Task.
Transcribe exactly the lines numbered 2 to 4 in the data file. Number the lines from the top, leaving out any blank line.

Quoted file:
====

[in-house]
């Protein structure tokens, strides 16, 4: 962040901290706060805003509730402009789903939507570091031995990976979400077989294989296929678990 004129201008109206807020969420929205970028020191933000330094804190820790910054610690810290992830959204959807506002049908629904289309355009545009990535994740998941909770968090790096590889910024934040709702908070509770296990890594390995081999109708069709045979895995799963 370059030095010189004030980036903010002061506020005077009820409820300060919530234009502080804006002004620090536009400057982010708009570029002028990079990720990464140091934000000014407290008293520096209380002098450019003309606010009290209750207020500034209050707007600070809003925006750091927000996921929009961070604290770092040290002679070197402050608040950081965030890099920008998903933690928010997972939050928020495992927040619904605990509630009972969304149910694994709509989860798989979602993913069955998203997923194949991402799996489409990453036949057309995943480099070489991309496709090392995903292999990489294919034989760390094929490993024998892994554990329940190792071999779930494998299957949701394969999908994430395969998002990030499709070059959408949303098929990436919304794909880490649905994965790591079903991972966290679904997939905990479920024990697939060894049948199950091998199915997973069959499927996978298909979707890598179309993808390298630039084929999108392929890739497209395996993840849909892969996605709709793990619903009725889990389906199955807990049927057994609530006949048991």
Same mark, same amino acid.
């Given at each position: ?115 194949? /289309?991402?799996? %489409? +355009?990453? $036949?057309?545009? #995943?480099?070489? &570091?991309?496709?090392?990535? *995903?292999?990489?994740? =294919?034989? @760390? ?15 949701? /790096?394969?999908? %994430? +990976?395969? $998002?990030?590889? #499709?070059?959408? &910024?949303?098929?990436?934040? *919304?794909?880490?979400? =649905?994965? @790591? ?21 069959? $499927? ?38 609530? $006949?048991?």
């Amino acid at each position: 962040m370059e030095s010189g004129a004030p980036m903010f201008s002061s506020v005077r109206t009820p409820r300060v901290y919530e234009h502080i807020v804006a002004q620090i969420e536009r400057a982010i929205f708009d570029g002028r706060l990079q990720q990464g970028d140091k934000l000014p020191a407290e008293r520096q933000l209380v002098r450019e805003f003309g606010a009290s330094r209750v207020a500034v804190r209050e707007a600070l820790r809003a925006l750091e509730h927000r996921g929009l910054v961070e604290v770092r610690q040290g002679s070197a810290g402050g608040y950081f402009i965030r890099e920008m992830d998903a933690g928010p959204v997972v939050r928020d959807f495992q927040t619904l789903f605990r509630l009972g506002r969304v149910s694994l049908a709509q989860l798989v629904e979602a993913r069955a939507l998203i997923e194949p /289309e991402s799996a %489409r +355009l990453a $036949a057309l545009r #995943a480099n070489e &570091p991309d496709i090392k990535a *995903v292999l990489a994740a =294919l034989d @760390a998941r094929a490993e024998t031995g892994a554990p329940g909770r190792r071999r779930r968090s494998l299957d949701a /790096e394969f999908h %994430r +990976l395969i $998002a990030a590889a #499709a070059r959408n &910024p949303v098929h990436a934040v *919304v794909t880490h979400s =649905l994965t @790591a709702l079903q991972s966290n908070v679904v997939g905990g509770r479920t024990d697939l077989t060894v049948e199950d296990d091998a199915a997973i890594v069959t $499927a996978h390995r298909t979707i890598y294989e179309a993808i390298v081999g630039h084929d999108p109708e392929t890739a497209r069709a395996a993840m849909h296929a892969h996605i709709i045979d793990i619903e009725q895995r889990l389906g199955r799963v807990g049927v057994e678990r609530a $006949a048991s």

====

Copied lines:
């Protein structure tokens, strides 16, 4: 962040901290706060805003509730402009789903939507570091031995990976979400077989294989296929678990 004129201008109206807020969420929205970028020191933000330094804190820790910054610690810290992830959204959807506002049908629904289309355009545009990535994740998941909770968090790096590889910024934040709702908070509770296990890594390995081999109708069709045979895995799963 370059030095010189004030980036903010002061506020005077009820409820300060919530234009502080804006002004620090536009400057982010708009570029002028990079990720990464140091934000000014407290008293520096209380002098450019003309606010009290209750207020500034209050707007600070809003925006750091927000996921929009961070604290770092040290002679070197402050608040950081965030890099920008998903933690928010997972939050928020495992927040619904605990509630009972969304149910694994709509989860798989979602993913069955998203997923194949991402799996489409990453036949057309995943480099070489991309496709090392995903292999990489294919034989760390094929490993024998892994554990329940190792071999779930494998299957949701394969999908994430395969998002990030499709070059959408949303098929990436919304794909880490649905994965790591079903991972966290679904997939905990479920024990697939060894049948199950091998199915997973069959499927996978298909979707890598179309993808390298630039084929999108392929890739497209395996993840849909892969996605709709793990619903009725889990389906199955807990049927057994609530006949048991």
Same mark, same amino acid.
């Given at each position: ?115 194949? /289309?991402?799996? %489409? +355009?990453? $036949?057309?545009? #995943?480099?070489? &570091?991309?496709?090392?990535? *995903?292999?990489?994740? =294919?034989? @760390? ?15 949701? /790096?394969?999908? %994430? +990976?395969? $998002?990030?590889? #499709?070059?959408? &910024?949303?098929?990436?934040? *919304?794909?880490?979400? =649905?994965? @790591? ?21 069959? $499927? ?38 609530? $006949?048991?």